Doctor Strange was created by Steve Ditko in 1963 and has appeared in hundreds of Marvel comic books since his premiere in Strange Tales #110. Despite a near-constant publication history, Doctor Strange has eluded household-name status for some time. However, with millions watching the trailer for the Doctor Strange movie in the first days of release, it is safe to say that his notoriety is on the rise. This also means that Doctor Strange comic book interest and value should follow suit.
The guide below collects the comic books specific to Doctor Strange in a chronological listing. While major titles are featured, this guide does not include short runs, one-offs, or annuals. This list also excludes crossovers, of which there are many, including The Avengers, The Defenders, Secret Defenders, and random issues throughout the Marvel Universe. Key issues from each title are listed under each comic in question.
While this list does not serve as a price guide, it is important to note that the price ranges for Doctor Strange comics spread from a couple dollars to a couple thousand dollars so compiling a complete collection is going to be expensive but, depending on your budget, totally doable. Also, if you are curious about current values, sold listings on eBay are a great resource that is also free.
Doctor Strange Comics
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By the time of Doctor Strange’s debut in Strange Tales, the comic had already been around for 12 years as a showcase for Jack Kirby and Steve Ditko. Doctor Strange began as a short story in Strange Tales #110 and was eventually included as a focus in every issue along with Human Torch and Nick Fury (#135). In May, 1968 (#168), Strange Tales was canceled and Strange and Fury were given their own titles. Nick Fury's comic would begin the numbering at #1 but the Doctor Strange comic numbering continued where Strange Tales left off. In addition, Marvel would release short-run stories under the Strange Tales title with issues #169-188 in 1973.
Notable Issues: #110, #111, #115, #126
Volume one of Doctor Strange ran for 15 issues from 1968-1969 and, as mentioned above, picked up its numbering where Strange Tales left off with issue #169. Despite being a premiere eponymous title, graded copies of this comic can be found for relatively affordable prices. Many auctions often feature the complete series run in one listing which may, and should, be of interest to Doctor Strange collectors.
Notable Issues: #169, #170, #171, #172, #173, #173, #175, #176, #177, #178, #179, #180, #181, #182, #183.
A couple years after the cancellation of Doctor Strange, Marvel introduced a new anthology series, Marvel Premiere. Much like Strange Tales, this anthology was designed to showcase new characters as well as tell stories of established characters who no longer had titles of their own. In issue #3 of Marvel Premiere, Doctor Strange became the focal point of the comic and the stretch of issues between #3 and #14 are regarded as some of the best of the decade. The comic itself went far beyond the 12-issue Doctor Strange run but collectors should focus their attention on tracking down these issues.
Notable Issues: #3, #4, #5, #6, #7, #8, #9, #10, #11, #12, #13, #14
Following the success of his run in Marvel Premiere, Doctor Marvel was again given his own title. Volume two debuted in 1974 and lasted for 13 years, releasing a total of 81 issues and an annual. If you’re doing the math and think that 81 issues is a little light for a 13-year comic run, you’d be very good at math. The release schedule for volume two was sporadic at best. In 1975, the book was semi-monthly beginning in February, but in 1976 the book was almost monthly with the exception of January, March, and November. Without going through every year, suffice it to say this was not a traditional monthly or semi-monthly release schedule.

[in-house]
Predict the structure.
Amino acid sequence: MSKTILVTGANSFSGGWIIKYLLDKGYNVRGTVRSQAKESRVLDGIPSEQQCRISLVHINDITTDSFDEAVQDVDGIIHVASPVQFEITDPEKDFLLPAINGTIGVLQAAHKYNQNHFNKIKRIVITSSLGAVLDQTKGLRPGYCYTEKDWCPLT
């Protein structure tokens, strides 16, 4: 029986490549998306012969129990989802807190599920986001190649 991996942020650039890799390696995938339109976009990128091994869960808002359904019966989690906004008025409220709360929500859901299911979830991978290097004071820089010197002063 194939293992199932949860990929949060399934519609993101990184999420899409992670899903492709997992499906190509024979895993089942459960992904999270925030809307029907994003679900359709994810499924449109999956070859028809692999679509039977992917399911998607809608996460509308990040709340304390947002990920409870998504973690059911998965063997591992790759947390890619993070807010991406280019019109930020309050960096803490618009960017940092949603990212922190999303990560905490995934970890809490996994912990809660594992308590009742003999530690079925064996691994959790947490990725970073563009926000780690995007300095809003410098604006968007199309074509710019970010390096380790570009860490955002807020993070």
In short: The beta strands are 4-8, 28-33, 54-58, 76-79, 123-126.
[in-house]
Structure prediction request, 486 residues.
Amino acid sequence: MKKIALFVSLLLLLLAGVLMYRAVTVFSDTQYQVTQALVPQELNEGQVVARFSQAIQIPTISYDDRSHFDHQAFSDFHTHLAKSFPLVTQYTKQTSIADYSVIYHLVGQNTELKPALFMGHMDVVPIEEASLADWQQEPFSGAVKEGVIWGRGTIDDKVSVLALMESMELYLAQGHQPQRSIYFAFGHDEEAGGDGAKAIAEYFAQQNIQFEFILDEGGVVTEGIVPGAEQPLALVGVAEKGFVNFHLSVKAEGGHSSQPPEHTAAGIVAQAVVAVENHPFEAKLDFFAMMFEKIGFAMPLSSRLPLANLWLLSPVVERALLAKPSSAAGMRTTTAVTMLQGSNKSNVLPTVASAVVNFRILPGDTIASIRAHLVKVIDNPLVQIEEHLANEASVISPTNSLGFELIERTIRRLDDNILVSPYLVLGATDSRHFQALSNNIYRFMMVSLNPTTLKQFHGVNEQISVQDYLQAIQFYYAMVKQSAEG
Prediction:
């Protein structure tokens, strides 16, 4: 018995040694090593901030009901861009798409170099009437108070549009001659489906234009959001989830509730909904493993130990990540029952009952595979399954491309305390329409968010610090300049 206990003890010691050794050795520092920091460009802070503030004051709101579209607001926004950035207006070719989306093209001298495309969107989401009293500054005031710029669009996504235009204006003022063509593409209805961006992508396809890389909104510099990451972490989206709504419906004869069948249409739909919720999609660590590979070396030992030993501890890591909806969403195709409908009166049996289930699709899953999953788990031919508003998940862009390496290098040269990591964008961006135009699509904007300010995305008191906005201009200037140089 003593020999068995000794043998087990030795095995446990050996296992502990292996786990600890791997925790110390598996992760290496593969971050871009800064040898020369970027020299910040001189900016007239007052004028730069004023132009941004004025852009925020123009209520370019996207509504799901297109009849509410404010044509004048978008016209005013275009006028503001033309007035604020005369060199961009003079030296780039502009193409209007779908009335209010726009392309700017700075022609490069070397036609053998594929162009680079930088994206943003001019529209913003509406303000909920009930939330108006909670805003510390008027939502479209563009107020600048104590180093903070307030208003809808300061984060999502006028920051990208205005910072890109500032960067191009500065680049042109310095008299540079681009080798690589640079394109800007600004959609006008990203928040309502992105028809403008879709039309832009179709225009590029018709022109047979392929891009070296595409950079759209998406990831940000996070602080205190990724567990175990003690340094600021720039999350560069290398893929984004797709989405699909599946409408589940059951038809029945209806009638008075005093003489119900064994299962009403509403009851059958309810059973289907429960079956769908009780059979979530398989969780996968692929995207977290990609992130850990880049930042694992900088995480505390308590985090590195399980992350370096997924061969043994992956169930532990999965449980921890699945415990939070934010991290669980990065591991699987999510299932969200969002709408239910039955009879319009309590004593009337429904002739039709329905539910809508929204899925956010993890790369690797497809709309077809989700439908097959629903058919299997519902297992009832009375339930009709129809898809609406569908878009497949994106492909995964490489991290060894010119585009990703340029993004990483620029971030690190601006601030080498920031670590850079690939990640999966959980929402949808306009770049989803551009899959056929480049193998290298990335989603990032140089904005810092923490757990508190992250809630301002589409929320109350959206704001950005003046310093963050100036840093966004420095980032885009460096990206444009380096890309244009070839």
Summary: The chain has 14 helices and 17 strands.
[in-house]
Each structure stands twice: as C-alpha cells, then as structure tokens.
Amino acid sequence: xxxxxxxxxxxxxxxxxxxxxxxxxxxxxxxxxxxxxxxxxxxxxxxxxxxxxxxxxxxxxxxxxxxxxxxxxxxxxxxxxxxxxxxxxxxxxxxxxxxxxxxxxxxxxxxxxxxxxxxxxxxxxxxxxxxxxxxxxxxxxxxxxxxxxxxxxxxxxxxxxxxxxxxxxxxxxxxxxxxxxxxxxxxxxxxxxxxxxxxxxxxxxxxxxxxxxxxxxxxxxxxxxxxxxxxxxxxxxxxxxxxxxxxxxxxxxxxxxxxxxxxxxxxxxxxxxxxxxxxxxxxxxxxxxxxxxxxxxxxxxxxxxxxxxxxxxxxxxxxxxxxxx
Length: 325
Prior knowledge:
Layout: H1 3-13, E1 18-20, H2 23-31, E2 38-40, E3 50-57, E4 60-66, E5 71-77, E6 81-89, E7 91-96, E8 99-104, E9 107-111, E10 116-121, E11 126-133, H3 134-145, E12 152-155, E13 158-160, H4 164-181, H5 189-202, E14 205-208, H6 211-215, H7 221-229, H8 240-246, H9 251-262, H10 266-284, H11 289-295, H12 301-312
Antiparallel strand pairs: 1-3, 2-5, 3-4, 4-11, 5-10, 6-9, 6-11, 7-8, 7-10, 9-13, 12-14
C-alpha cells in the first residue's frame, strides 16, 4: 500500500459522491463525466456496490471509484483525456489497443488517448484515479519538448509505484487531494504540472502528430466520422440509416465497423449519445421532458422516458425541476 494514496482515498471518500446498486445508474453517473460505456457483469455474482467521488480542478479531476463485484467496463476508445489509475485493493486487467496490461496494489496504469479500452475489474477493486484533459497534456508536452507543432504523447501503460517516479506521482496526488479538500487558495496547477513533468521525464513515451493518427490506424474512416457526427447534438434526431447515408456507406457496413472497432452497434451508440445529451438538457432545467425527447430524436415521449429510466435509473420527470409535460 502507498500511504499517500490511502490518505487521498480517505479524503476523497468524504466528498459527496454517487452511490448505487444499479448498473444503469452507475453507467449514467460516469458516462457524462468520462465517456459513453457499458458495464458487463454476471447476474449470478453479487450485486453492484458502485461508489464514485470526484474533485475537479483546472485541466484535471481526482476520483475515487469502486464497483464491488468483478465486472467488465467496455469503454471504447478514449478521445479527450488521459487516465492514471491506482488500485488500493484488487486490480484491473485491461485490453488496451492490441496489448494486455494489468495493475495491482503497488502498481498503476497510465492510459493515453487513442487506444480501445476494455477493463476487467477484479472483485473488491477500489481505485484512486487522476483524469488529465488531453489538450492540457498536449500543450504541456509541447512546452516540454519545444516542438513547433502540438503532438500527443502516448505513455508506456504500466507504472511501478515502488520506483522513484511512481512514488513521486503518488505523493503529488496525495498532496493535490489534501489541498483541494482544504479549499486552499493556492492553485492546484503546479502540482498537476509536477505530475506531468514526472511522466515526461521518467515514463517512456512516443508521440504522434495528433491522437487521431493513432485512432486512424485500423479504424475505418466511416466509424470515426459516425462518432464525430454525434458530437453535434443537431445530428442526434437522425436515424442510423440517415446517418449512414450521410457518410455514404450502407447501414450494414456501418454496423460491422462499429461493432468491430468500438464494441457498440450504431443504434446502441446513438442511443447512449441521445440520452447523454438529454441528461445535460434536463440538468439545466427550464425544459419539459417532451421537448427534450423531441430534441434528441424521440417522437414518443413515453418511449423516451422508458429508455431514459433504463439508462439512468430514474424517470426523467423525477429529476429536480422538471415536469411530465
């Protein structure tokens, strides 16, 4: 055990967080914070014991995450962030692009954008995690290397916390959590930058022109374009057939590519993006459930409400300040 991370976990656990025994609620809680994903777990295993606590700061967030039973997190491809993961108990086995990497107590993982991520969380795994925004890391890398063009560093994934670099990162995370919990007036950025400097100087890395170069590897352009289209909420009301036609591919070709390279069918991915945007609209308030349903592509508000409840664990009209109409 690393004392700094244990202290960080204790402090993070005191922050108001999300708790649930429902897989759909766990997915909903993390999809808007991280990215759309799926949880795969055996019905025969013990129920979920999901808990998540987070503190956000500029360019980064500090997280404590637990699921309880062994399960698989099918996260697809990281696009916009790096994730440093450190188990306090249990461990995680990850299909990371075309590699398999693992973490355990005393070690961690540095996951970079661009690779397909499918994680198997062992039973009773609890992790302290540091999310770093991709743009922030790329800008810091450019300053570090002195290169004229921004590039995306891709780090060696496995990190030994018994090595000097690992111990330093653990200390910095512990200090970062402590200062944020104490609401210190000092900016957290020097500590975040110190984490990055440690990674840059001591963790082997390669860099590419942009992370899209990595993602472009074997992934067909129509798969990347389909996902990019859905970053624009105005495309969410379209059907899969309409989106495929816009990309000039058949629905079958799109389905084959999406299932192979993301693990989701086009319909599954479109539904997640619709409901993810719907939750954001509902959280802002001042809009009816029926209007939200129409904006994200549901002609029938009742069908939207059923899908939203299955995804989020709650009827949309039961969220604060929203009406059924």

Notable Issues: #1, #2
As has been a pattern with Doctor Strange since the beginning, the run of his self-titled releases is followed by a run in an anthology. In this case, the anthology in question is Strange Tales, volume 2, which was released over 19 issues in 1987 and 1988. Because of the time frame of these releases, the issues are incredibly easy to find for cheap. However, considering the short run, they should still be of interest to collectors seeking out a complete collection.
In keeping with tradition, the previous anthology again led to a self-titled series which was the longest-running Doctor Strange comic to that point. With 90 regular issues and three annuals, Sorcerer Supreme is the biggest portion of a full Doctor Strange collection but fret not because it is also one of the cheaper runs to obtain. For example, in March, 2016, the entire 90-issue series was auctioned for $175. Because of this inexpensive point of entry, if you’re passionate about beginning a Doctor Strange comic book collection, this would be a great place to start big.
Following Sorcerer Supreme, there was a long Doctor Strange absence from comic book shelves, marking the first such void since 1963. While the character appeared in many comics within the Marvel Universe, including The Defenders and The Avengers as well as a handful of short series and one-offs, Doctor Strange, volume 4 marks the end of a 14-year gap between major releases. Launched in 2015, this title includes several variant covers for collectors to track down and, since it is a contemporary comic, it is much easier to find copies in mint condition.